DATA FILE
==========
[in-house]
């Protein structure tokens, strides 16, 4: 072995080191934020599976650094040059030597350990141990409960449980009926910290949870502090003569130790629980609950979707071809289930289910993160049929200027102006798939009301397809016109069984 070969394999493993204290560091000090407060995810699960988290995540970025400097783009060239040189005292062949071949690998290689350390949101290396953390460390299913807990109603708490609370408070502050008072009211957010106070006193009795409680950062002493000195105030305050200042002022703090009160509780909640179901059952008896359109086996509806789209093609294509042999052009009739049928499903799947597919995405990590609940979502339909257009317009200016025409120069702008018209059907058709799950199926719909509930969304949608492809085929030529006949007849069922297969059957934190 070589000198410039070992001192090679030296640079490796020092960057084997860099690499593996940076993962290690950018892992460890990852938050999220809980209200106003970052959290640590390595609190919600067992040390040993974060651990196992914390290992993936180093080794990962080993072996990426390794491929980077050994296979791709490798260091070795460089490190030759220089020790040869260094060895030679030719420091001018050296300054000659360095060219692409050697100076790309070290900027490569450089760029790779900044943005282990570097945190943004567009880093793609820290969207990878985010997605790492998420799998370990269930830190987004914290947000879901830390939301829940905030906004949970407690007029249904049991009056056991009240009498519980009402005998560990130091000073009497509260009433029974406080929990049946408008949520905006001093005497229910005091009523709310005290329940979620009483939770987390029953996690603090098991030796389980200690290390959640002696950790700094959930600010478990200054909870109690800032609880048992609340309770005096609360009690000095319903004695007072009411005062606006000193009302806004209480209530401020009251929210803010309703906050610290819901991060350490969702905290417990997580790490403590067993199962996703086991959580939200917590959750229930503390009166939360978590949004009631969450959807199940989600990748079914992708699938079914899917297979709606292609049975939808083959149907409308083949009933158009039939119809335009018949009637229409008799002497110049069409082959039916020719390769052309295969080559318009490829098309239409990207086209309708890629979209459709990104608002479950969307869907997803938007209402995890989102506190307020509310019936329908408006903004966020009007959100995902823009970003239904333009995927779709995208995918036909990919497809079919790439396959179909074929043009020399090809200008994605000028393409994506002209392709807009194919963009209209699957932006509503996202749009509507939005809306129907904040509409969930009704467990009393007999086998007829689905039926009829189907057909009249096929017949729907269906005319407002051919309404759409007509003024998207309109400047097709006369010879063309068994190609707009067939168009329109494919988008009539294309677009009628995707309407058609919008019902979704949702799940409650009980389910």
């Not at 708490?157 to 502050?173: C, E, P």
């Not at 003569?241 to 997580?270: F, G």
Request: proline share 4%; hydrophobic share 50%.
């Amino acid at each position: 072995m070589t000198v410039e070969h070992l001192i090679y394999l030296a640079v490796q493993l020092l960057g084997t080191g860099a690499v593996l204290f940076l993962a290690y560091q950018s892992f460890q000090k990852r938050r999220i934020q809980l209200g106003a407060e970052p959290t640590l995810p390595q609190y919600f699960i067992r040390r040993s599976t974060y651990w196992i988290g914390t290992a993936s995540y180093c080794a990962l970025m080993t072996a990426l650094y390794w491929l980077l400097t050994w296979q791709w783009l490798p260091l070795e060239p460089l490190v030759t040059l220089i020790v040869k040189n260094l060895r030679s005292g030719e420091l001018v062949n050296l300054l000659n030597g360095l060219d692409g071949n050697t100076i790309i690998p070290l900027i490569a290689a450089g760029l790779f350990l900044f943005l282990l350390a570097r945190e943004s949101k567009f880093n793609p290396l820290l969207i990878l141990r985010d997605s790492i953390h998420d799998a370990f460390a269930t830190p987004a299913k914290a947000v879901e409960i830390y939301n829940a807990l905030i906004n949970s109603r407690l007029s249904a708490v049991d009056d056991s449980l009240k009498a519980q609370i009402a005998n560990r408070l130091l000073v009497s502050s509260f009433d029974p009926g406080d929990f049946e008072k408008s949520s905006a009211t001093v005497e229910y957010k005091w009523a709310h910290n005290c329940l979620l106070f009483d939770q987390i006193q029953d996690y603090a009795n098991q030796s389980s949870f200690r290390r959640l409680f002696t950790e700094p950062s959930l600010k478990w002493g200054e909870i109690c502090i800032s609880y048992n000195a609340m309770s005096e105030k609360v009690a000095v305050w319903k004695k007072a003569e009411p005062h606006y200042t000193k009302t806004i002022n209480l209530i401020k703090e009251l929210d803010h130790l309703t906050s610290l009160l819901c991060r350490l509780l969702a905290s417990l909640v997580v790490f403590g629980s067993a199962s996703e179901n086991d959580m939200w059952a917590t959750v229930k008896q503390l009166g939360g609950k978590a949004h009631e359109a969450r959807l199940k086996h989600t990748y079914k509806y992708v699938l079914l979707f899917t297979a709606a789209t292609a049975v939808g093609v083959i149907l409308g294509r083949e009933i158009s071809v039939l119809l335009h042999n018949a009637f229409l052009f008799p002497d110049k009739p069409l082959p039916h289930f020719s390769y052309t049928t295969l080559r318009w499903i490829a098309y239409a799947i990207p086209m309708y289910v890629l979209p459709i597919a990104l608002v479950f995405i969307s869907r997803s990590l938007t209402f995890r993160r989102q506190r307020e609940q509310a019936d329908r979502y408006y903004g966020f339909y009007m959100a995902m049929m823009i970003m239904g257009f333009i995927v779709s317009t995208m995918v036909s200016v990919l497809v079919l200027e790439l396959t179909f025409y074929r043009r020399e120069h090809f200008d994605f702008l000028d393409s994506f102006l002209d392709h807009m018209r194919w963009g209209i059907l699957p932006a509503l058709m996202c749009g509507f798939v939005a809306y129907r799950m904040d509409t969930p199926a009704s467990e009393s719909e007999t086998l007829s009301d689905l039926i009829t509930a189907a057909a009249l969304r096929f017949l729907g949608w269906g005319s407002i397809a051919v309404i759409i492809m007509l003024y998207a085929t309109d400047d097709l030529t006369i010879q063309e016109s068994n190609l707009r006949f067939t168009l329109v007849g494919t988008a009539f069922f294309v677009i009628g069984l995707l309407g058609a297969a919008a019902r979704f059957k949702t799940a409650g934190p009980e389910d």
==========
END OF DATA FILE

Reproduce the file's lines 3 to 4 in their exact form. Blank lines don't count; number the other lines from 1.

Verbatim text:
């Not at 708490?157 to 502050?173: C, E, P």
């Not at 003569?241 to 997580?270: F, G």